Science Guest of Honor

Science Guest of Honor: Arthur M. “Art” Dula

Arthur M. “Art” Dula is a space lawyer, a patent attorney, the literary executor for major science fiction author Robert A. Heinlein and chairman, founder of the private spaceflight company, Excalibur Almaz.

 

Art Dula’s law practice focuses on aerospace and intellectual property law, technology licensing, business start-up and development, patents, contracts, corporations, securities, copyrights and trademarks. His clients include U.S. and Russian aerospace firms. He is admitted to practice before the U.S. Supreme Court, the U.S. Patent and Trademark Office, and Texas State and Federal Courts. He is also a registered broker with US State Department, Bureau of Political-Military Affairs, Office of Defense Trade Controls.

Since 1980, Art Dula has co-founded several aerospace companies. Eagle Aerospace provided engineering expertise for NASA and U.S. aerospace companies. Space Services, Inc., secured the first US regulatory approval of a private space launch. In 1982, it launched the first private U.S. space vehicle, the Conestoga, from Matagorda Island, Texas. Spacehab, Inc., builds payload bay Spacehab modules for the U.S. space shuttle. Space Commerce Corporation was the first U.S.-Russian aerospace joint venture. It sold a Soviet Proton rocket launch to Hughes Aerospace in 1987, and marketed remote sensing radar images. Tethers Unlimited, Inc., won seven patents on space tether systems, and secured over $2 million in research contracts. Starcraft Boosters, Inc., has contracts with US Air Force and NASA for the StarBooster launching system. Excalibur Almaz, Ltd., owns several Almaz Space System space capsules and space stations, and intends to begin launching its spacecraft as early as 2013.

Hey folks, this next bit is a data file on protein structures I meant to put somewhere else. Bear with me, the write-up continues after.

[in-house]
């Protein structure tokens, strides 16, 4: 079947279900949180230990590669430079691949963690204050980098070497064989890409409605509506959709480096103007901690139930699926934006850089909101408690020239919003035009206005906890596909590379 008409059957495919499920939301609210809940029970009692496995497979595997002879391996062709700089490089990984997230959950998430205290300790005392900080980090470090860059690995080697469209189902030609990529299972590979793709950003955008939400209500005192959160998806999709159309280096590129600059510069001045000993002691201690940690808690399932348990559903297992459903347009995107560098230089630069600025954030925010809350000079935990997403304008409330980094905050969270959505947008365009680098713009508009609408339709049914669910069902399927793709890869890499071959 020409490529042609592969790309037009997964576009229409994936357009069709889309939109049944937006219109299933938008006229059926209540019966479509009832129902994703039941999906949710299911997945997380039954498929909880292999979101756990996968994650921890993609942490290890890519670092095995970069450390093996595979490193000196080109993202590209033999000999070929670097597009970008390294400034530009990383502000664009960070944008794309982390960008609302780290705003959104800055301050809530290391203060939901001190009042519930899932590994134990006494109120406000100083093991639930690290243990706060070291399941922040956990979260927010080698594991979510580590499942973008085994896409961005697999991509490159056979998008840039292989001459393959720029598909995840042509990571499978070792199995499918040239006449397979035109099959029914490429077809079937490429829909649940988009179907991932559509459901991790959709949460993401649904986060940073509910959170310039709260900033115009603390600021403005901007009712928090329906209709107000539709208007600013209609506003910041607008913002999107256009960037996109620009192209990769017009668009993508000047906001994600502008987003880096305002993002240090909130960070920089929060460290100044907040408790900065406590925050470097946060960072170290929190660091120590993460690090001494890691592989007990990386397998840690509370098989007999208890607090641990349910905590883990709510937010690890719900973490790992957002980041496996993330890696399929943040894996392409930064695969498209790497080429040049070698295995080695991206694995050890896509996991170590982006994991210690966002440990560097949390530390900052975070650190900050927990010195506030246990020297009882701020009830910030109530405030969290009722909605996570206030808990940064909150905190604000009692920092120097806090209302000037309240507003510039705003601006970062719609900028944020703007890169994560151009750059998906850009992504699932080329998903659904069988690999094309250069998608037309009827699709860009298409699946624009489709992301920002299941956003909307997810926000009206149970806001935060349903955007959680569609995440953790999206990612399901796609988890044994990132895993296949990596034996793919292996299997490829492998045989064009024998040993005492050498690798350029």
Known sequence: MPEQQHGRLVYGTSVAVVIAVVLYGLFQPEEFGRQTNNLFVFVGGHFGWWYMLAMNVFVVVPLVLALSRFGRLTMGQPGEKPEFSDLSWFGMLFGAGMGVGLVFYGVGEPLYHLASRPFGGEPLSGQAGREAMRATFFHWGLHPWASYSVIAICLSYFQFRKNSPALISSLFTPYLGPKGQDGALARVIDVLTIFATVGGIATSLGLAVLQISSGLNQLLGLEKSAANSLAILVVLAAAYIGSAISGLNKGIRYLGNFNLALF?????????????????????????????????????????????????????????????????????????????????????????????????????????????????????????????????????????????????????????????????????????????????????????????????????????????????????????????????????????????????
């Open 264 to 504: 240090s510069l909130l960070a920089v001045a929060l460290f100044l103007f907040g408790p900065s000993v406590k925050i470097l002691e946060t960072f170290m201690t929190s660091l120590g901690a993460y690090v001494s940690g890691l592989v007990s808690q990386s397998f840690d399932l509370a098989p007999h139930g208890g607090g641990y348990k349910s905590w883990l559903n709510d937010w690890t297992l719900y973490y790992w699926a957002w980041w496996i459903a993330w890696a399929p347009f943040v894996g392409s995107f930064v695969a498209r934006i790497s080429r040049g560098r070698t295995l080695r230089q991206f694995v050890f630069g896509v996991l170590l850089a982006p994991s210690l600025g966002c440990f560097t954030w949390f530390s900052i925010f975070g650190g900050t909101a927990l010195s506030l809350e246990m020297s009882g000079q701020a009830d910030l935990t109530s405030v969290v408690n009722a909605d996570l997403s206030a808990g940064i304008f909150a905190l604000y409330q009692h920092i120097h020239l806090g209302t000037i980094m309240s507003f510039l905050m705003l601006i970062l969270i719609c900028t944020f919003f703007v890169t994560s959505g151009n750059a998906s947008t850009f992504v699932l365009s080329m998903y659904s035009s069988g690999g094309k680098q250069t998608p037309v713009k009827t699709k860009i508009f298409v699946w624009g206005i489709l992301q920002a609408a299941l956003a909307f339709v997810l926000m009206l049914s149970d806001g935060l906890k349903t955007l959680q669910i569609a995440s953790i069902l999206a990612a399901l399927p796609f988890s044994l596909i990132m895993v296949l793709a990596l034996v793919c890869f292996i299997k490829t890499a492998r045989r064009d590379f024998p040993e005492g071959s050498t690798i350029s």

Art Dula is literary executor for the major science fiction writer, Robert A. Heinlein. He also serves as Trustee of the Robert A. and Virginia Heinlein Prize Trust. In 2006, the Trust awarded the first Heinlein Prize, in the amount of $500,000, to Peter Diamandis, for outstanding personal initiative and significant progress in commercial space activities.

He has taught space law for the University of Houston, and was a Visiting Distinguished Professor of Law, University of Akron. He consulted NASA on the space shuttle payload contract, and served as legal advisor to the U.S. Congress, Office of Technology Assessment. He has been awarded the Space Pioneer Award from the National Space Society, and the Gagarin Medal from the Russian Federation of Cosmonautics.

 

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